This week, I wanted to help spark some creativity for those who may be suffering from the dreaded Mid-NaNo slump. Hopefully, this prompt will get you started up again! Hang in there! You can do it. 🙂
You find yourself sitting at your desk, watching the cursor on your computer blink over and over again. With each blink, your eyes become more heavy and soon you fall asleep. Moments later, you awake to find yourself not sitting at your desk, but in a strange land. Describe where you are, who you meet, and how you try to get home (if you even want to, that is..).
I just want to remind everyone that if you have a writing prompt you wish to share here for Writing Prompt Wednesday, please send them to me at thestoryinme (at) gmail dot com. Don’t forget to include your name and blog address so I can give you credit!
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First off, I’d like to apologize for my absence these past couple of weeks. After NaNoWriMo started last Tuesday, I’ve been so focused on getting a good lead that at the end of the day, I couldn’t even imagine writing blog posts haha. So how am I doing so far with my word count? Well, for those of you who don’t follow me on Twitter (but why aren’t you? Hmm?), here’s my progress report:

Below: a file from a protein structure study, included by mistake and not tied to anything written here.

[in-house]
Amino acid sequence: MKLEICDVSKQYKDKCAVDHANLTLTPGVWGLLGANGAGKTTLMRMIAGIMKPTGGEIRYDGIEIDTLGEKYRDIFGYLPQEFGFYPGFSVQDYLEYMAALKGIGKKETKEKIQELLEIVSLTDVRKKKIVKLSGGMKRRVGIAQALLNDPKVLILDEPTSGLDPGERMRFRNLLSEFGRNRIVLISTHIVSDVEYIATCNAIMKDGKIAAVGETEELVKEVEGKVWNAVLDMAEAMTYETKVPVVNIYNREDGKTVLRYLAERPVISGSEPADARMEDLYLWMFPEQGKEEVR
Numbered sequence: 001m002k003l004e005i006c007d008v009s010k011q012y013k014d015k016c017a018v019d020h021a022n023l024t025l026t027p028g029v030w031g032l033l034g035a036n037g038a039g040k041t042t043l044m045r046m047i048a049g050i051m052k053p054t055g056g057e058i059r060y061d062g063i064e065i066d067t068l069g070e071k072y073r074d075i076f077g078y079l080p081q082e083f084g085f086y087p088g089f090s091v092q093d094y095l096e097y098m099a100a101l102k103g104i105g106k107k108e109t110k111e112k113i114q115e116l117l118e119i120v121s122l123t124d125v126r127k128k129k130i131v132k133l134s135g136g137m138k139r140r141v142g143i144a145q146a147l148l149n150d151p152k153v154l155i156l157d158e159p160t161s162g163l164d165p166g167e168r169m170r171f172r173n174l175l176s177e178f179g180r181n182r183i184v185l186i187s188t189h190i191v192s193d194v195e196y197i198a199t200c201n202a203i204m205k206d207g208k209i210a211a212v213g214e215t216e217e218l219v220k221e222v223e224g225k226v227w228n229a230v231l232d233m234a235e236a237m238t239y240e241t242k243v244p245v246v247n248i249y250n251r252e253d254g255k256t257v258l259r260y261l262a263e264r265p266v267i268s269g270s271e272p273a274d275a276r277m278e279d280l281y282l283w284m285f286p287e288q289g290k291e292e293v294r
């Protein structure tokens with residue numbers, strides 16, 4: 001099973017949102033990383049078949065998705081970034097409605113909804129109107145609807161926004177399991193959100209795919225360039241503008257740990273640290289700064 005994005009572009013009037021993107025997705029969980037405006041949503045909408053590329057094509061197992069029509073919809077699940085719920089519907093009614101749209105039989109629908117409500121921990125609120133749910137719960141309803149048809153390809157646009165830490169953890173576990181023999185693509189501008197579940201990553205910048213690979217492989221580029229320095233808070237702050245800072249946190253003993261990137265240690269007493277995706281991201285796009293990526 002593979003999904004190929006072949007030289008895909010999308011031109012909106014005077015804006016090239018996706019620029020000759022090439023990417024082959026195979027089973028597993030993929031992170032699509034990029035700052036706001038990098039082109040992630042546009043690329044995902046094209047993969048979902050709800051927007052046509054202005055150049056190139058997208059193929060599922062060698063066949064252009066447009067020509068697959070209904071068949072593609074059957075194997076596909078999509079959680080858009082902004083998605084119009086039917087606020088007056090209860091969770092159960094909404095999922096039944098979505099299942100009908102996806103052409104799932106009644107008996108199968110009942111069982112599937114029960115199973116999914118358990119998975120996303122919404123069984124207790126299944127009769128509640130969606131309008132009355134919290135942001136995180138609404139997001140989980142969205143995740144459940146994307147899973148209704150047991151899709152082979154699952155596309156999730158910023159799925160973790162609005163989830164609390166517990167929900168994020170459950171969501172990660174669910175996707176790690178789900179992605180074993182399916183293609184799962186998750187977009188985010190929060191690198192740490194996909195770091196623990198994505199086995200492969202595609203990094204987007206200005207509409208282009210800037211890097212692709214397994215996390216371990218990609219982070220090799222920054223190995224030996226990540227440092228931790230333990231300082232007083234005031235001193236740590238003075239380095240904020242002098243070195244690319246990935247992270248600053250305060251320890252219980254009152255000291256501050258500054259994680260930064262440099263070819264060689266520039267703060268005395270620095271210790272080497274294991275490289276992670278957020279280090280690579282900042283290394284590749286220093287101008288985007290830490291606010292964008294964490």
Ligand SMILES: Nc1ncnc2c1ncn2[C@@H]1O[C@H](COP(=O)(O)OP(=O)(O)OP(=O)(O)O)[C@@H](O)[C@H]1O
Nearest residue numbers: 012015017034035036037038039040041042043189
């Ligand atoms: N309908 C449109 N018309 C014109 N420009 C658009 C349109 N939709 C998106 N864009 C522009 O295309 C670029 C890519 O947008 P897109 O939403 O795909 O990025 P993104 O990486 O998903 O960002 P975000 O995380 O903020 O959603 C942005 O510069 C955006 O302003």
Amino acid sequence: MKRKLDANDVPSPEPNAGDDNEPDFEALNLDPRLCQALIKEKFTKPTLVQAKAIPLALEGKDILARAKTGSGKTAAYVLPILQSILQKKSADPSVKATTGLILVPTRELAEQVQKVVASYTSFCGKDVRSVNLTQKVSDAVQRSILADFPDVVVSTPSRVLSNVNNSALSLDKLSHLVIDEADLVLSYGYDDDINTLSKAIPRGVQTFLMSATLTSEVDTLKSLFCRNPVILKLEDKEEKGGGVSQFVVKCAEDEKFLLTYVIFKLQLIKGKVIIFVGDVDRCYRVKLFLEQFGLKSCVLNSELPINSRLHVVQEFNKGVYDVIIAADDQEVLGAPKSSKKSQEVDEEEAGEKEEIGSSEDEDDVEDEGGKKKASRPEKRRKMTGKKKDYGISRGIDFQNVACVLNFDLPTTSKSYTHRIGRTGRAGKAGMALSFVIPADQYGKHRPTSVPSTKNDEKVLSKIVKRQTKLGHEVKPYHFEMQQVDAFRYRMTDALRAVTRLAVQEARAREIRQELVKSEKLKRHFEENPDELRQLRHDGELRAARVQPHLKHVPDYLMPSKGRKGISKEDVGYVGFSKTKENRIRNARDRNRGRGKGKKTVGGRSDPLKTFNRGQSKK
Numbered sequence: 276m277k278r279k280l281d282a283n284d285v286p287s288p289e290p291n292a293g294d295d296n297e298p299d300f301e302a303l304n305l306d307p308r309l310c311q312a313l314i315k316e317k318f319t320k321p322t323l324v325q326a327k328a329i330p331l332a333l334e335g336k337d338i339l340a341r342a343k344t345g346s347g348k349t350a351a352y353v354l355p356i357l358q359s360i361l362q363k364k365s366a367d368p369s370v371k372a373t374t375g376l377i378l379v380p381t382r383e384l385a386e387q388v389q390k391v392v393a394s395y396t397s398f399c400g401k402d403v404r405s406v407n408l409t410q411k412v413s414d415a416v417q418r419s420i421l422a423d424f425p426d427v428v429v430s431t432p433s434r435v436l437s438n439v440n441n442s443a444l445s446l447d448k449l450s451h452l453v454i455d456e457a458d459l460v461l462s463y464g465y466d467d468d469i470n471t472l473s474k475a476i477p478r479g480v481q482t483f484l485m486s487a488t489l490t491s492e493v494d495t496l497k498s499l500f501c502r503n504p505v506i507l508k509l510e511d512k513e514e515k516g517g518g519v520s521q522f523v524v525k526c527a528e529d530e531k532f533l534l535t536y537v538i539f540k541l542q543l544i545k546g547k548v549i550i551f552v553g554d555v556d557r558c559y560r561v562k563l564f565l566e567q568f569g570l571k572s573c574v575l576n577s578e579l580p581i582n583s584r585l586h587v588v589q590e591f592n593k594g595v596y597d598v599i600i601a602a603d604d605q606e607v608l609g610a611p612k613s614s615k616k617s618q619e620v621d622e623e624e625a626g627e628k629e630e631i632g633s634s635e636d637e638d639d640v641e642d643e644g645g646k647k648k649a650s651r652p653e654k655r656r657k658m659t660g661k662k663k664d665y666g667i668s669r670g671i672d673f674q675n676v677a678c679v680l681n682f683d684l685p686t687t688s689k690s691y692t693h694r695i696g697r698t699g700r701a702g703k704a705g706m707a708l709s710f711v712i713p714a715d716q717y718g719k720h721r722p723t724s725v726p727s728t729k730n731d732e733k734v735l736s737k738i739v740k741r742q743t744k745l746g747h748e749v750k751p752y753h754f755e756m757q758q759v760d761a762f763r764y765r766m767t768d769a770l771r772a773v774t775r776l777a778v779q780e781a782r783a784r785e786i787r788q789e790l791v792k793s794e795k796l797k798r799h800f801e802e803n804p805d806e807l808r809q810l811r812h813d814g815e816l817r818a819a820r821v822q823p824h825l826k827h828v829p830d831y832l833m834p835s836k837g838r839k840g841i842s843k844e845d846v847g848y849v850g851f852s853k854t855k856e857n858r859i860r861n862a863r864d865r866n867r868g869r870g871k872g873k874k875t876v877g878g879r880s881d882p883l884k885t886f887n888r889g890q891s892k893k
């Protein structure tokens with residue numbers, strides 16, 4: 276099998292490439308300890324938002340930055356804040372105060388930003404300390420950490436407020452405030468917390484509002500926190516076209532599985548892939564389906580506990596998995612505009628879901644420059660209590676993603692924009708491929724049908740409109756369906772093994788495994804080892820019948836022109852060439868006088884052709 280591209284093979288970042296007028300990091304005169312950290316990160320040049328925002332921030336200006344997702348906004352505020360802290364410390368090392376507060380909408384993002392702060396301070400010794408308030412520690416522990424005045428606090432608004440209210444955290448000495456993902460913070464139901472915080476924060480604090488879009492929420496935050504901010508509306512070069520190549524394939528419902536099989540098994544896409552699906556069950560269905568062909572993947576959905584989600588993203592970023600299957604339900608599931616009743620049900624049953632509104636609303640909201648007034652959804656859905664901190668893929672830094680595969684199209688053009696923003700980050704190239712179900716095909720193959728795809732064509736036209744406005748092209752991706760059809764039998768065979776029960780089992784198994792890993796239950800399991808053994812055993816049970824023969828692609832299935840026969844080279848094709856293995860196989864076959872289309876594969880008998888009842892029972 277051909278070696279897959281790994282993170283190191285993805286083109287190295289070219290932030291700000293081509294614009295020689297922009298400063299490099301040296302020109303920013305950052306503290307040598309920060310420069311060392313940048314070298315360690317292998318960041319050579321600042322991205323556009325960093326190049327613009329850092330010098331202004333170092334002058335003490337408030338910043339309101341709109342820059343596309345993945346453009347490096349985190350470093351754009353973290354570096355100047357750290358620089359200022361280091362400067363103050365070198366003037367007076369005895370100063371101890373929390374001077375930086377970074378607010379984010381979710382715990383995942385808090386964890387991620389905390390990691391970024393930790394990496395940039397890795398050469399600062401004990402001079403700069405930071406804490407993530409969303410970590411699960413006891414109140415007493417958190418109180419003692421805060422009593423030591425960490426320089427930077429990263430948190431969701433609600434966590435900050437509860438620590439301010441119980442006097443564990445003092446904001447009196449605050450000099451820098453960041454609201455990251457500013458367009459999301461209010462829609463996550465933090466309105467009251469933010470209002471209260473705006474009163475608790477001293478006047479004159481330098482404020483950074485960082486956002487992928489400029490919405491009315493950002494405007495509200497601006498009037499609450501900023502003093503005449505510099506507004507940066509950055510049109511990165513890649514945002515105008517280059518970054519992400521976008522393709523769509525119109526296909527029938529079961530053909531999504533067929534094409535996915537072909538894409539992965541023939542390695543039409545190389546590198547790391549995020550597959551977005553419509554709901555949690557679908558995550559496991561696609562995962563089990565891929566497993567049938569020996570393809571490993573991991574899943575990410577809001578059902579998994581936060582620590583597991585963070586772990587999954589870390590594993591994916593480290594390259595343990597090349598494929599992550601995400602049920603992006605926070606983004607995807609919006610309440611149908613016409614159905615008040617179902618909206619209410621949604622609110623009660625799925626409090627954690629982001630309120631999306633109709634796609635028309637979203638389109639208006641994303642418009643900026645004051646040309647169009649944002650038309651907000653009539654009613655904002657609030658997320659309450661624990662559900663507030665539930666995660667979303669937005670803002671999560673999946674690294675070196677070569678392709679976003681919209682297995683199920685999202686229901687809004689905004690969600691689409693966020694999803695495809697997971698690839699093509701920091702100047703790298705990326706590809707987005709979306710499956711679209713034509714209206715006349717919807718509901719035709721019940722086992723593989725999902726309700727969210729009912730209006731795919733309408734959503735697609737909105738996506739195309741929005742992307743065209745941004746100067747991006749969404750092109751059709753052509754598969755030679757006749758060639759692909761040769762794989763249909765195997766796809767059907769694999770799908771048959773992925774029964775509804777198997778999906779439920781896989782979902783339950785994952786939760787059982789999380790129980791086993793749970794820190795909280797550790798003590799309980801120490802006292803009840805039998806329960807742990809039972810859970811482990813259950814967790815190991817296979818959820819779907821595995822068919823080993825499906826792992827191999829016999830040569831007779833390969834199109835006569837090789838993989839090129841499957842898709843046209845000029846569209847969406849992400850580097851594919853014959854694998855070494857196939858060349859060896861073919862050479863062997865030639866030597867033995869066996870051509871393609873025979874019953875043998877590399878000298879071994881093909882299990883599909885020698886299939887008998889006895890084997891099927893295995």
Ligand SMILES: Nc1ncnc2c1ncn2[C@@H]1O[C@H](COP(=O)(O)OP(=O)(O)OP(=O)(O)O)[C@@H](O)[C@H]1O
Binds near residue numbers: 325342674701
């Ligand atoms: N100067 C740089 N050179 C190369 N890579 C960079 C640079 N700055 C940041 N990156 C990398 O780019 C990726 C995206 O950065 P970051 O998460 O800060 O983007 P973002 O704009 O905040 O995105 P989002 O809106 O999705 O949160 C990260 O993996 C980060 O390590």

As of November 12th, I have written over 50,026 words. Yes, that’s right. I’m already finished with NaNoWriMo. If you remember my failed attempt at doing this last year, you’ll realize how much of an accomplishment that is to me. To finish this major writing even in a little over a week and a half is mind-blowing to me.
Tomorrow, I’ll talk about how I managed to complete NaNo so quickly this year, but for today, I just wanted to say hi and let you all know that I did it. I showed the ones who doubted me that they were wrong about me and for those who did believe in me, well, I did it. 🙂 Before I did NaNo this year, I’m not sure if I would have suggested any other writer to do it, but now I think everyone should experience it. I learned a lot about who I am as a writer and that it is possible to write 50,000 words so soon. It is possible to get that far with enough determination and support.